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1152Re:: Brass running strip....

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  • olivershaw4229
    Feb 9, 2016
      Brass is not recommended for marine use - it dezincifies - maybe ok for dinghies that live on dry land, but not on boats that live on moorings.  Ever tried removing old brass screws from a boat? They crumble before your very eyes.  I would not use brass for a keel strip, especially when fitted with screws that penetrate the hull.



      Agreed in general principle,  although it depends very much on both the type of brass and the size and nature of the fitting.

      I am not a metallurgist,  but this is my educated layman's understanding.

      There are various different grades of brass,  including Admiralty brass and naval brass  -  which I understand are actually bronzes  -  and aluminium brasses.   To add to the confusion,  a technical article which I read a few years ago but cannot now trace also informs us that certain alloys named as bronzes are actually brasses ....

      To quote Encyclopedia Brittannica,  "A third group of brasses includes those with other elements besides copper and zinc, added to improve physical and mechanical properties, corrosion resistance, or machinability or to modify colour.  Among these are the lead brasses, which are more easily machined; the naval and admiralty brasses, in which a small amount of tin improves resistance to corrosion by seawater;  and the aluminum brasses, which provide strength and corrosion resistance where the naval brasses may fail."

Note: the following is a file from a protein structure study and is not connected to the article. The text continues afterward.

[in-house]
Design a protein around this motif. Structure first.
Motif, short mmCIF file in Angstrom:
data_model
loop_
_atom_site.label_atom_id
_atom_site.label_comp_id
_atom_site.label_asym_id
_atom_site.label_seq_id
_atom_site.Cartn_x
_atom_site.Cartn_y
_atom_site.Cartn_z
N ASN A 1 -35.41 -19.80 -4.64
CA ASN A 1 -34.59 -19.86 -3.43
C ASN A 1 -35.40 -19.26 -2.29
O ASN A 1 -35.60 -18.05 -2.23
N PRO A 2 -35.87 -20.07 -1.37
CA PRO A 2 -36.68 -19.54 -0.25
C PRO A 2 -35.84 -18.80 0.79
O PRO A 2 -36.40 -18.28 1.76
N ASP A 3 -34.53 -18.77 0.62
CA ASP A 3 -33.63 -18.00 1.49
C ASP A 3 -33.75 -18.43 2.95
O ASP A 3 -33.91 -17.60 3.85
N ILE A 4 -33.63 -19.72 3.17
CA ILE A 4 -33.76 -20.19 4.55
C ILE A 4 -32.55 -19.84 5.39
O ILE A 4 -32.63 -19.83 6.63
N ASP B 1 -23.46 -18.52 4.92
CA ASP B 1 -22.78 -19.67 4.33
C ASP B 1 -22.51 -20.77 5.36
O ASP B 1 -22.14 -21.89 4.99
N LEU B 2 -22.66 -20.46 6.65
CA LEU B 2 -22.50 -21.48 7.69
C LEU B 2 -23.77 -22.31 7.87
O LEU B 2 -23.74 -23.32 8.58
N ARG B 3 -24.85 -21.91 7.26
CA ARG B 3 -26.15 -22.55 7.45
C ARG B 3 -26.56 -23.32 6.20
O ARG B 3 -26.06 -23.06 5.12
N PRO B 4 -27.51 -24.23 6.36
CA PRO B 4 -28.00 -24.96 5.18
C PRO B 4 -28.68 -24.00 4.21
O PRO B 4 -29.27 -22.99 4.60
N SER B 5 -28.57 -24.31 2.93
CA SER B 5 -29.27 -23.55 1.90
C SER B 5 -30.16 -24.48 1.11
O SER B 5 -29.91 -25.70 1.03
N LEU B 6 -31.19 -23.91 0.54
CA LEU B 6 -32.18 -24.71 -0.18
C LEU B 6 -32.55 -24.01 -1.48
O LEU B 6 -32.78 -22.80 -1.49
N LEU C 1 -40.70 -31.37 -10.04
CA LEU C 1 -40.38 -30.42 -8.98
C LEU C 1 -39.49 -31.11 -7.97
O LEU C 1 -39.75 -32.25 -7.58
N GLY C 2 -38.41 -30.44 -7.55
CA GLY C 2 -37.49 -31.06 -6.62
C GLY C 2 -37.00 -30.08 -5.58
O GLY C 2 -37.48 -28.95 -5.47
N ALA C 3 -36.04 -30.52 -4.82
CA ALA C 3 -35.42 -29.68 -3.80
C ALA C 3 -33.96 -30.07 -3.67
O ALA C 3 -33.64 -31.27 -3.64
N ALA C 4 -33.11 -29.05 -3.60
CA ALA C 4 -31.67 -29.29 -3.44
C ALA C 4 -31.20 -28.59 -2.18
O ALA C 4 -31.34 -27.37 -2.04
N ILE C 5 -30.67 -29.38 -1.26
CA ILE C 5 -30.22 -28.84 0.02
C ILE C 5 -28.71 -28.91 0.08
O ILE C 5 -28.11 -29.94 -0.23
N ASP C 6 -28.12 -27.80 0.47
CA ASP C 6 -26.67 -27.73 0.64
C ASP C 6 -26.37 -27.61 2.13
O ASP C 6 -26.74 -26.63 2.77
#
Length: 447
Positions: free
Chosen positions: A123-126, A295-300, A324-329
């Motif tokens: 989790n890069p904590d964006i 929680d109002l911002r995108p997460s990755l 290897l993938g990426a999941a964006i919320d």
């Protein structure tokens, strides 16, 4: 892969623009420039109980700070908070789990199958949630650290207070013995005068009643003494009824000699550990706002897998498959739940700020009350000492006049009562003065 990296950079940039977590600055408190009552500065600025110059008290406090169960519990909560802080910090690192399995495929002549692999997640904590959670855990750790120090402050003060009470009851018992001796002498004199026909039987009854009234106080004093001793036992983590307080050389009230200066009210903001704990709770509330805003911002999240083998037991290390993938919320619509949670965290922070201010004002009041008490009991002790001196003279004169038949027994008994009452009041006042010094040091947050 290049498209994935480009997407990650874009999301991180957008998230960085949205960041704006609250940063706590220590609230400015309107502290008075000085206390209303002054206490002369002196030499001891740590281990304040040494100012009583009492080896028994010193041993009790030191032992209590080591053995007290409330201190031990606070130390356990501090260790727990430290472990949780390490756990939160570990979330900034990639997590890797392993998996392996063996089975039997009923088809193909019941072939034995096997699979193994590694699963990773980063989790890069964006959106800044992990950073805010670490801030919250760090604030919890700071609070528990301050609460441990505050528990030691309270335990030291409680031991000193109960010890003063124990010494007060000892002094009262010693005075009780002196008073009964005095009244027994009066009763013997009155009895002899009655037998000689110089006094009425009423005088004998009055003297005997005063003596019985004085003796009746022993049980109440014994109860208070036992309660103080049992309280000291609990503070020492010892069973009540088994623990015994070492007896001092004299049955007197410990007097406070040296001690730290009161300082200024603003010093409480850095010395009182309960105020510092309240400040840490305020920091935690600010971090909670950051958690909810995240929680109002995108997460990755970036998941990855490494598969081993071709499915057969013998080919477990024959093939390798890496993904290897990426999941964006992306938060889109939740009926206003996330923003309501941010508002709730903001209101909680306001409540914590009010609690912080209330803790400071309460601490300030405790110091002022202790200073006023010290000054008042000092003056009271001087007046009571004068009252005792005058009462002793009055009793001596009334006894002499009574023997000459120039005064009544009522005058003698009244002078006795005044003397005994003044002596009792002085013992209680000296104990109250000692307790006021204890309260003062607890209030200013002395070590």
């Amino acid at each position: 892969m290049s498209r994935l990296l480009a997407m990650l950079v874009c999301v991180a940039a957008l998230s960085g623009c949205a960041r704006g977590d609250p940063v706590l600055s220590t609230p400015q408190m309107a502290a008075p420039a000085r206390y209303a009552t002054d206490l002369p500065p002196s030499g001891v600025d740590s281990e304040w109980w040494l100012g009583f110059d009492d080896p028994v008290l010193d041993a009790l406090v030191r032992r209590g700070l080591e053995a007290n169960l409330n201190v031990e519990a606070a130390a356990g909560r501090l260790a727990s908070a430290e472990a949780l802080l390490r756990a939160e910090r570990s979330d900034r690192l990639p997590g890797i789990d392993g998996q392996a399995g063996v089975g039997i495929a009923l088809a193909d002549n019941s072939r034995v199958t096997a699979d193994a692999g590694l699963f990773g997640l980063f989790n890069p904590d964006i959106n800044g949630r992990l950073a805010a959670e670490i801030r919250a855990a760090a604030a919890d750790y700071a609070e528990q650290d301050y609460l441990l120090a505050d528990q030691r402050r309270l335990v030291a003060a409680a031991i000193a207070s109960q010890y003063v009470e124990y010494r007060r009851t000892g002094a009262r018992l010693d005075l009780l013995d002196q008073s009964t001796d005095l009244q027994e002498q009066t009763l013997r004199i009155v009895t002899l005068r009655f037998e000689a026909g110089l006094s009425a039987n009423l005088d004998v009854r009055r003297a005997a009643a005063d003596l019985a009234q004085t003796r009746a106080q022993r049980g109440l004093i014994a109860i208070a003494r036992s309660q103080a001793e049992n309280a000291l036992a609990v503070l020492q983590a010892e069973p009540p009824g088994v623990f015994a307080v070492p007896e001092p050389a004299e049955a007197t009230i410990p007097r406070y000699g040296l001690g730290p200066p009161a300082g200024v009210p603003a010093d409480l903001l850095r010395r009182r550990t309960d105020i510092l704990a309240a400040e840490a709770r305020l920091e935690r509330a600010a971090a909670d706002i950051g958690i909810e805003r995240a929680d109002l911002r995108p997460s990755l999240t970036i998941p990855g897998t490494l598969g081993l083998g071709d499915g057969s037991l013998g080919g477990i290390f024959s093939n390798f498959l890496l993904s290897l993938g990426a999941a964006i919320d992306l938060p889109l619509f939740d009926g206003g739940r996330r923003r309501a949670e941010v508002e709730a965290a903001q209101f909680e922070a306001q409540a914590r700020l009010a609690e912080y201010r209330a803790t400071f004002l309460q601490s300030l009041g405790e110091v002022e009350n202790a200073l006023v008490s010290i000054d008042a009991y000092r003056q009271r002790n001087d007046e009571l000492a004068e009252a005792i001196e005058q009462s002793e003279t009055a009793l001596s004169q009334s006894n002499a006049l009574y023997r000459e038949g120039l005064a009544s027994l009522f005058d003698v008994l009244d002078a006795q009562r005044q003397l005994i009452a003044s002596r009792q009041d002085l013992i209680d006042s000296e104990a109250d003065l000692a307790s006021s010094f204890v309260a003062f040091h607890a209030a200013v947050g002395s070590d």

The preferred metals for use on boats are either a suitable bronze (gunmetal being the most usual choice,  or phosphor bronze for propeller shafts and bearings) or the correct grade of stainless steel;  note that not all grades are of marine quality.    Galvanised steel is a popular low cost option,  but ugly and heavy,  and once the galvanising wears off - which it tends to do in any situation exposed to moving friction (and even with some applications which aren't)  - it can quickly become a rusty mess.

      Classic Marine are one of the top boat suppliers,  within their chosen field of classic boats;   so because of the classic emphasis their stock is overwhelmingly brass or bronze,  supplemented by galvanised,  and a very limited stock in stainless steel.   Their reputation is such that where they stock brass I am sure that it will be a suitable grade,  and fully fit for purpose.   And remember that keelbands are intended from outset to be sacrificial,  and also virtually non-structural;   all they have to do is to protect from rubbing and impacts.
       
      Dezincification is a process that works slowly inwards from the surface,  and the keelband has a moderately substantial amount of metal;   however screws are very much smaller,  which is why brass screws have a notorious problem in this regard.   I think it highly unlikely that the keelband will cease to be functional due to dezincification any earlier than one would wish to replace it anyway because of extended batterings from hitting the bottom.   My guess is a lifetime of years,  perhaps many years,  and that with a suitable grade of brass dezincification is not going to be an issue with it.

      But you are absolutely right that the screws should not be brass;   which is why I used (and mentioned) bronze screws.

      Adding extra layers of GRP is of course a valid alternative,  but one which is very obviously sacrificial,  and which is likely to wear faster.   The plus point is that although the need for repairs is likely to be much more frequent,  they are likely to be comparatively smaller touch-up repairs on each occasion rather than wholesale replacement.   But if a boat regularly dries out on a harsh bottom the repairs may been to be done at least annually.

      Whichever route you decide to take,  inspect from time to time while the boat is out of the water,  and be prepared for either periodic replacement or ongoing maintenance.



      Oliver

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